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I often face this problem with git: I clone a git repo of some project. Then I make changes to some source file, but I don't commit it, because my work is not complete. But I have to keep updating my repo to make it in sync with the master. So I do a 'git pull', so that my repository is up-to-date and so I can produce my patch against the latest repo. Now suppose I edit the file hello.c in my local clone (not yet committed) and someone else has made changes to the same file and committed it to the master repo. Now when I do 'git pull' the other person's changes get added to hello.c and the changes that I had made, get deleted. This is the natural behavior obviously. Is there a way to tell git to only 'add' changes and not 'subtract' anything? Or something to that effect? I don't want my changes to be deleted when I do a git pull, but also I want to work with the latest repository.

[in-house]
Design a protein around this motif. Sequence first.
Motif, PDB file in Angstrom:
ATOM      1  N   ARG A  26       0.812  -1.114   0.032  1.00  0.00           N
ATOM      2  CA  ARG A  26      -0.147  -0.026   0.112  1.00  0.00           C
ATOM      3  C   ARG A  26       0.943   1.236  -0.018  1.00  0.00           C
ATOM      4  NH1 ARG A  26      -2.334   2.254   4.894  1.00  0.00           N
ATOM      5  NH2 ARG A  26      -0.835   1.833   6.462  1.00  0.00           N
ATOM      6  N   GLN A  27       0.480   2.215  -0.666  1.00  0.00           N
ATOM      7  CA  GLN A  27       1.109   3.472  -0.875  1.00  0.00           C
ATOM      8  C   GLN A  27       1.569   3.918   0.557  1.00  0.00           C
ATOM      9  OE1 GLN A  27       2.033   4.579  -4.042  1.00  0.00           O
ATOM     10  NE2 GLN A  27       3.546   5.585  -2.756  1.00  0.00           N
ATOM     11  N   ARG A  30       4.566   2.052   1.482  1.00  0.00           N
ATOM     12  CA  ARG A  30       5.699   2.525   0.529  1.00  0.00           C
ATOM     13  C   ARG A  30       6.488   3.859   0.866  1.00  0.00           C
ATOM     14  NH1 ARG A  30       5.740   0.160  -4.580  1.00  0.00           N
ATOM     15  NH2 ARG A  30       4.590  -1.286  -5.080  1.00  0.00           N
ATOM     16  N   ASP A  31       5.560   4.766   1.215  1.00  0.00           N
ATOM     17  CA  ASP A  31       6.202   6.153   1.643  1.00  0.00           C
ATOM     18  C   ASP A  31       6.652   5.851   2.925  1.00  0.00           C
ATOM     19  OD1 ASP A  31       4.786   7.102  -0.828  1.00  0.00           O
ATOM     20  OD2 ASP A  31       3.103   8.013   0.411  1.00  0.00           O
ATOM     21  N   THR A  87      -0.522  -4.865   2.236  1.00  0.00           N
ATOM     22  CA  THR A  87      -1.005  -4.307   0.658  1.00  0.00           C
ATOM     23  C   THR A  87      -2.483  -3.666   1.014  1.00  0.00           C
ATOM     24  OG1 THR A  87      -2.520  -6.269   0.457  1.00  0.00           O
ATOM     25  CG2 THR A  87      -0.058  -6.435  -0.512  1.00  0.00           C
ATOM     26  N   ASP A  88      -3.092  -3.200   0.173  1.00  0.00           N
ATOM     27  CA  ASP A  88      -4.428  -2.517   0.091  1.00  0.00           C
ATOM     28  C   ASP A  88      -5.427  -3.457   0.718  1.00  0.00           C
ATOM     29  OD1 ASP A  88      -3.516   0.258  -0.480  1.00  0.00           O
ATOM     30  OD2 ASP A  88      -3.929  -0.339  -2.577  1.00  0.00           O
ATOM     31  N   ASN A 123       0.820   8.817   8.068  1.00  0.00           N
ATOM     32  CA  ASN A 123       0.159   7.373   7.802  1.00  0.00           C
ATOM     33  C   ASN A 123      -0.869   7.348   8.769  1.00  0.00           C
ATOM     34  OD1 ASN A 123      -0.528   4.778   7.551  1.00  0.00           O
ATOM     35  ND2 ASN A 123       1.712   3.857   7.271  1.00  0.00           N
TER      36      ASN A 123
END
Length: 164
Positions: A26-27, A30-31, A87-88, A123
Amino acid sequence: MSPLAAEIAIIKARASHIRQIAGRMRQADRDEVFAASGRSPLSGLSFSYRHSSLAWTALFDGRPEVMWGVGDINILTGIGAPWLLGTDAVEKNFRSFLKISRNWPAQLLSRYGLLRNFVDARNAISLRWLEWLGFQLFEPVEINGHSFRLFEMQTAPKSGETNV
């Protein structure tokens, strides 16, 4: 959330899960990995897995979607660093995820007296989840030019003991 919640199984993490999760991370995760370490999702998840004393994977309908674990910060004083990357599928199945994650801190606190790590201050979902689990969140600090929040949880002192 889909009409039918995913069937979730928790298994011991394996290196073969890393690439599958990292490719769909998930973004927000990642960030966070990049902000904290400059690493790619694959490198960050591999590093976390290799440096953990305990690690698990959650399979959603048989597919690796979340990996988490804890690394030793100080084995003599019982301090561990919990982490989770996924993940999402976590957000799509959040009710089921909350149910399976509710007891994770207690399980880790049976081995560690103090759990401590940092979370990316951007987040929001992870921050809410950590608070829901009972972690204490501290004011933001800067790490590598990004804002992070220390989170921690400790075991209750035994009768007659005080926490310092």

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So commit your code. Why aren't you doing local commits? You must do that before a pull. –  Greg Hewgill Mar 20 '12 at 4:47
Work on a branch so that your work won't be affected by what happens on the main code lines until you decide you want it to be affected? –  Jonathan Leffler Mar 20 '12 at 5:28
Read this topic also - What's the difference between git pull and git fetch? –  Lazy Badger Mar 20 '12 at 5:44

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The second command that will fetch down new data from a remote server is git pull. This command will basically run a git fetch immediately followed by a git merge of the branch on that remote that is tracked by whatever branch you are currently in. I personally don't much like this command - I prefer running fetch and merge seperately. Less magic, less problems.

You never do your own development on branches that appear on the right hand side of a colon on Pull: lines; they are to be updated by git fetch. If you intend to do development derived from a remote branch B, have a Pull: line to track it (i.e. Pull: B:remote-B), and have a separate branch my-B to do your development on top of it.

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